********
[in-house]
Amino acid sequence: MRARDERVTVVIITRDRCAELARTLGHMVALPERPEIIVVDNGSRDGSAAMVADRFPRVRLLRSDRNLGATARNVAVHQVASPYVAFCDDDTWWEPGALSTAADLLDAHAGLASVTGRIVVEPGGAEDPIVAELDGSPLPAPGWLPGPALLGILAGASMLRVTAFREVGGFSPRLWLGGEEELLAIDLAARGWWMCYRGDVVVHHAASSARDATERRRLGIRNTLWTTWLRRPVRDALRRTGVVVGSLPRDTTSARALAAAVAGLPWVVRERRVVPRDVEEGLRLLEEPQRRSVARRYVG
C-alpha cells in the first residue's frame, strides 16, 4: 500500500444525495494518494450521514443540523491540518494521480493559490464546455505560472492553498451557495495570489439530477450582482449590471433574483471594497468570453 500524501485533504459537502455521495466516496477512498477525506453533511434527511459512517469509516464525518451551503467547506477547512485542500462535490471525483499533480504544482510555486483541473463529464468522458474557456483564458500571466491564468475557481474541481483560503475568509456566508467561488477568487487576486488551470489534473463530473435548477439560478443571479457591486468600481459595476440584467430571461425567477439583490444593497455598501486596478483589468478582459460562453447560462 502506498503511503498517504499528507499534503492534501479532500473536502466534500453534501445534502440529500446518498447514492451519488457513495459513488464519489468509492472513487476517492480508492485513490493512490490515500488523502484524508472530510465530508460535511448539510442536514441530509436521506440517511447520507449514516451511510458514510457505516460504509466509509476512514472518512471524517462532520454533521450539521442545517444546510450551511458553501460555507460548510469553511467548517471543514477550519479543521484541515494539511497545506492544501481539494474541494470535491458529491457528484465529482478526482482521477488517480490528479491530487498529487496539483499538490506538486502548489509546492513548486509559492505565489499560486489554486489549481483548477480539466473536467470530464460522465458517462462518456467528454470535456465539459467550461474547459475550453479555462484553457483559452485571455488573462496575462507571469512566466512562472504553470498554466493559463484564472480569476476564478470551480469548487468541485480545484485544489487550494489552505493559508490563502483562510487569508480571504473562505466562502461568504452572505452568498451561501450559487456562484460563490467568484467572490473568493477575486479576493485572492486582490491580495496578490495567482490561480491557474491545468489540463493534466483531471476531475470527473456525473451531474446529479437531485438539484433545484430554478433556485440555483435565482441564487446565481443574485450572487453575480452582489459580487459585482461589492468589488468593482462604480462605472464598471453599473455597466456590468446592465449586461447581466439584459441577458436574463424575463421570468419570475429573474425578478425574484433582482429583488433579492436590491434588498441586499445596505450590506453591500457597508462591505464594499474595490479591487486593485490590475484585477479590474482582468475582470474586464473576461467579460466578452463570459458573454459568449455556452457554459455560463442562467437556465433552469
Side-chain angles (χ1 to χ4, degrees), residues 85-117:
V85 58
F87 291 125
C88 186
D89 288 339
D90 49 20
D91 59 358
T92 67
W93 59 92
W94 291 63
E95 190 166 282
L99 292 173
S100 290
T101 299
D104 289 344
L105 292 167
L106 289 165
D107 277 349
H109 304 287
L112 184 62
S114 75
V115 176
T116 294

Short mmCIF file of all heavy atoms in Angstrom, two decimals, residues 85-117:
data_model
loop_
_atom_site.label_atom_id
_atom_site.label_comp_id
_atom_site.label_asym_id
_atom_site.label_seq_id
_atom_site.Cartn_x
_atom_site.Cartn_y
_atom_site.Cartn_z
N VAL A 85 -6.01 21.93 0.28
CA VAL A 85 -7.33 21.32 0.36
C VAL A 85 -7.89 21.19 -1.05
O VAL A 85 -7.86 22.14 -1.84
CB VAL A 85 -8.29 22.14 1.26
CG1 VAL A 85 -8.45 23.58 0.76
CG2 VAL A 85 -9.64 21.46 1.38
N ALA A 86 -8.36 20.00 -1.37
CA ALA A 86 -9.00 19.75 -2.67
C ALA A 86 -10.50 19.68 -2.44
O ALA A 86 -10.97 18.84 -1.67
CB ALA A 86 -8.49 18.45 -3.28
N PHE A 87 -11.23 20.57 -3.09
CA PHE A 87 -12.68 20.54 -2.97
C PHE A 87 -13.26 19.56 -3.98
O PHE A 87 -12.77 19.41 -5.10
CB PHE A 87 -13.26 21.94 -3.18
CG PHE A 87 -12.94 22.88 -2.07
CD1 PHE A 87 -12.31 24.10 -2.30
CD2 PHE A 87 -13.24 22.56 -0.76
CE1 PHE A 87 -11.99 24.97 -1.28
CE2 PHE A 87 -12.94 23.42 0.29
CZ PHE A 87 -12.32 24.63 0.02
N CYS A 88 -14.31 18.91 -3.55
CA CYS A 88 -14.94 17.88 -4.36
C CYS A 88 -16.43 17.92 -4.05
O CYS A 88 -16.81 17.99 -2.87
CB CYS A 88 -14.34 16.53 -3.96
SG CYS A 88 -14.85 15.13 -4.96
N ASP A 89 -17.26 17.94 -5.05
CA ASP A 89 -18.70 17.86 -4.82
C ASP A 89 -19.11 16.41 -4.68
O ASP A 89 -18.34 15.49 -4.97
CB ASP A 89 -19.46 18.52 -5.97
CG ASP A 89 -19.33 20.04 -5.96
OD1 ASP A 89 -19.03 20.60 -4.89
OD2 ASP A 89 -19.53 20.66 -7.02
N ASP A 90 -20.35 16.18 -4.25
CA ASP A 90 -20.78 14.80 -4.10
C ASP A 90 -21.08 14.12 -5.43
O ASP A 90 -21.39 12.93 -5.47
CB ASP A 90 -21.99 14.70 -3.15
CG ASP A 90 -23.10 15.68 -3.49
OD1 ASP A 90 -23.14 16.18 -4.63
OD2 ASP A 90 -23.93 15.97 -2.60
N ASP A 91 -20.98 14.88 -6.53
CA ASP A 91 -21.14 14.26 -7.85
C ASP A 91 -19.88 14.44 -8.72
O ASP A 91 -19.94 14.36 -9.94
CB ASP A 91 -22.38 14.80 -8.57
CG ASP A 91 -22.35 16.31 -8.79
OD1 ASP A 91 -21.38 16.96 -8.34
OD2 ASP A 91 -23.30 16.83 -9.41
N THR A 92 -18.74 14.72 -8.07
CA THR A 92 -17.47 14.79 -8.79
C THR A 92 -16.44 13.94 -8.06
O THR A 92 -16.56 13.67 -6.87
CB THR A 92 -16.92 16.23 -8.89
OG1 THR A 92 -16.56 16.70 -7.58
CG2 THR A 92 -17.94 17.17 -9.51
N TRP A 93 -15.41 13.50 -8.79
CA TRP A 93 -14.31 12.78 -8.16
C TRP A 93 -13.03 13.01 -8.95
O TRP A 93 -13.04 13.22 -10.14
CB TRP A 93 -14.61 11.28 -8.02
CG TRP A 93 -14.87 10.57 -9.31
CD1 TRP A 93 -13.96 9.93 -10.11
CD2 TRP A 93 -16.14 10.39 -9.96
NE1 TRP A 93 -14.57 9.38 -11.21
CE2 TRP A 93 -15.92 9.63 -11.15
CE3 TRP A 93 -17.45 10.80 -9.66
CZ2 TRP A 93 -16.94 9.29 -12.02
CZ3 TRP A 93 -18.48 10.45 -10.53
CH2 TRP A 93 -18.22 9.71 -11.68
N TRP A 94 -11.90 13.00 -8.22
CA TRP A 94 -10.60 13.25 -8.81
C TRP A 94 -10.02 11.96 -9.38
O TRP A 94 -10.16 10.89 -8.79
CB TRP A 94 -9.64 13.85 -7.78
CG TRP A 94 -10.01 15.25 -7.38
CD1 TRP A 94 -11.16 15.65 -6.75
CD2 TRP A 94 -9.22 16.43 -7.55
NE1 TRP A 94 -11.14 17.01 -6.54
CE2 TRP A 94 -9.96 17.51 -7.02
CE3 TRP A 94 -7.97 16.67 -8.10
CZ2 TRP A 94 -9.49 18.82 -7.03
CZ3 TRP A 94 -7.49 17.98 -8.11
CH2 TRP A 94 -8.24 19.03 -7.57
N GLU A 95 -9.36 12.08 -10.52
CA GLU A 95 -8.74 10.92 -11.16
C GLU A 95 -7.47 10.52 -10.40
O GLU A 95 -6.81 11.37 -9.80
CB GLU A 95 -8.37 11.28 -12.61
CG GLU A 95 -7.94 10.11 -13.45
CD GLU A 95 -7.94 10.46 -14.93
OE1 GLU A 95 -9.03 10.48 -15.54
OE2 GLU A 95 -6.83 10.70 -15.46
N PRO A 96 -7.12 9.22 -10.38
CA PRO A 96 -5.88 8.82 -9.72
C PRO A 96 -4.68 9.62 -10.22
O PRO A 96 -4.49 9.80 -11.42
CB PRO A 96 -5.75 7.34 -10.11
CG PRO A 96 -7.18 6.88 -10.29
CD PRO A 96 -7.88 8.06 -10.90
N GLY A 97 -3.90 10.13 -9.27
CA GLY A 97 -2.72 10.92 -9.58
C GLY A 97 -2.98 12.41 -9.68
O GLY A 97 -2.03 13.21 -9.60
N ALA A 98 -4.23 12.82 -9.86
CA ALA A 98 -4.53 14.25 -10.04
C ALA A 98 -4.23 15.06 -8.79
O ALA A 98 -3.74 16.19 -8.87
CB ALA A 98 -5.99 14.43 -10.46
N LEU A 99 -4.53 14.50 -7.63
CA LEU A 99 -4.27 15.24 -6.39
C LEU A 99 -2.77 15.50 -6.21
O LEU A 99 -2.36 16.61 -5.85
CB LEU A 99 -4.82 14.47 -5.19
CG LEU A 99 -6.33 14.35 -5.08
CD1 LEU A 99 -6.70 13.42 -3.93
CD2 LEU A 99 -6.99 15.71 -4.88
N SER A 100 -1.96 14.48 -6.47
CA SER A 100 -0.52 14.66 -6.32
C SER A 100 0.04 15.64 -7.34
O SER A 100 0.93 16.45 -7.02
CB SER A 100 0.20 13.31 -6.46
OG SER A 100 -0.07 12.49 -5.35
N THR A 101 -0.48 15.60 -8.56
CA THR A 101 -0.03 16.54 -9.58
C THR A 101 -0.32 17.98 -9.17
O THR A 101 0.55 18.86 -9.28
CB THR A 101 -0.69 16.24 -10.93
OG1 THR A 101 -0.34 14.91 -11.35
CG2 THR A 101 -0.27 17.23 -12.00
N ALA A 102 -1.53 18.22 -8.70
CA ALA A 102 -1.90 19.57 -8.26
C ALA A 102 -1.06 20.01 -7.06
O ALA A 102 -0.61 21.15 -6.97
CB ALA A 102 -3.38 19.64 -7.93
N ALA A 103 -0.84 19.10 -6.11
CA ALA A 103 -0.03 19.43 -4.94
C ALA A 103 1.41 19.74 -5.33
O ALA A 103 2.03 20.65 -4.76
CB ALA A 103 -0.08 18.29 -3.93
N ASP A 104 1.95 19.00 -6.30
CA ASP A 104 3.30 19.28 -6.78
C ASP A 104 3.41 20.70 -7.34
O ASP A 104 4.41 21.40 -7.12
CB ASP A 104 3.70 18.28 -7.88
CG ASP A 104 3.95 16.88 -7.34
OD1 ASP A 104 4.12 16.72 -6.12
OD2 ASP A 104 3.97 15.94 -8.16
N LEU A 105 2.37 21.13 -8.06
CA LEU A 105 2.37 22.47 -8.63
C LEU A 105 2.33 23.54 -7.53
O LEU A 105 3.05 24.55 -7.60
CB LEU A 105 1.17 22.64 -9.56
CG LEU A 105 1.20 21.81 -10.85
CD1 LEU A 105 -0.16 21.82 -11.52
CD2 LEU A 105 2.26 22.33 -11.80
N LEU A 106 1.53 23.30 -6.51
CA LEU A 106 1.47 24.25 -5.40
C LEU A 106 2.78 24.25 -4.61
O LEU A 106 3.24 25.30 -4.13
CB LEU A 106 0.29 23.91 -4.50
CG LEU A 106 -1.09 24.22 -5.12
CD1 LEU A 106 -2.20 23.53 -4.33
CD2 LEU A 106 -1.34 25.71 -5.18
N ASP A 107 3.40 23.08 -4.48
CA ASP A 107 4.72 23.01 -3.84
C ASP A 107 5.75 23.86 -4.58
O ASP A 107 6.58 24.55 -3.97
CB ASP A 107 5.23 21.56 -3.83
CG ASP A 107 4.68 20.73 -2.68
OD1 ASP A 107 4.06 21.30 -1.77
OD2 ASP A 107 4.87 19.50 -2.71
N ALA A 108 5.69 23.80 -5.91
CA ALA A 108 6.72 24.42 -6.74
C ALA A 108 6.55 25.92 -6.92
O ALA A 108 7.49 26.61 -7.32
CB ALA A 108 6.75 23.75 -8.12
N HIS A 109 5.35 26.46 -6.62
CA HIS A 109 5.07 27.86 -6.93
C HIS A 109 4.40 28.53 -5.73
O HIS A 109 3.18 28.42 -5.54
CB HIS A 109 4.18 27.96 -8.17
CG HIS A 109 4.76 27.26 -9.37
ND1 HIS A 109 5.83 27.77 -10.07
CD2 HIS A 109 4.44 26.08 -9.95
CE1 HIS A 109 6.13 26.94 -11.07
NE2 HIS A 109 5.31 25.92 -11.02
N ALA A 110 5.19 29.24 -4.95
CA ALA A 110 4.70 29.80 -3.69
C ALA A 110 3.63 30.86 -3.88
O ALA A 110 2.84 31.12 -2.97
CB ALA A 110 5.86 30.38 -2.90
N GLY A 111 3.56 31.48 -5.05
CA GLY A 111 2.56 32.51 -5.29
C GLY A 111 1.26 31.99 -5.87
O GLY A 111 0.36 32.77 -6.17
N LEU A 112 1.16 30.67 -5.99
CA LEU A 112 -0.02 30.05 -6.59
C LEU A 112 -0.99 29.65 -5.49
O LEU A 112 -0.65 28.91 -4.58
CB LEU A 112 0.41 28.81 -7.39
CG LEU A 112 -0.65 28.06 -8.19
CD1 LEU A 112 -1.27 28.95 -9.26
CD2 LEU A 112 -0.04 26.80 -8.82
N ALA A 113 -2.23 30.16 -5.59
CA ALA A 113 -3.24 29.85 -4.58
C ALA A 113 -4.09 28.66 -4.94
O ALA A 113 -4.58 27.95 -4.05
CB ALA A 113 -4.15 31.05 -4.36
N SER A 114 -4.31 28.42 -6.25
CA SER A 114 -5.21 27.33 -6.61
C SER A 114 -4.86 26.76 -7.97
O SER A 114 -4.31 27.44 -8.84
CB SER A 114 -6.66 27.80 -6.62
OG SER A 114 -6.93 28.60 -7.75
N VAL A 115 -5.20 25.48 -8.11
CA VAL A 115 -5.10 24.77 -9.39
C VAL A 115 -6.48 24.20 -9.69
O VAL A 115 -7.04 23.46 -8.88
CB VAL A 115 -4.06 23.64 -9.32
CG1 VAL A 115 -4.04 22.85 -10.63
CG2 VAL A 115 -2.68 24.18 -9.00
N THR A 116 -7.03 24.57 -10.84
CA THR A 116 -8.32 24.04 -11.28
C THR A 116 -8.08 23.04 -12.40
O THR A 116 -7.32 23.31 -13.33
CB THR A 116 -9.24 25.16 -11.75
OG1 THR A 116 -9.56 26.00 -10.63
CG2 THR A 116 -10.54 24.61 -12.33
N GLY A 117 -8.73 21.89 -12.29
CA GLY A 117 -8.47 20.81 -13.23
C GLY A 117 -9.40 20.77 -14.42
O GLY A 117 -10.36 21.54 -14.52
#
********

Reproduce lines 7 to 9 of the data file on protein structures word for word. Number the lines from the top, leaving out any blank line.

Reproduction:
C88 186
D89 288 339
D90 49 20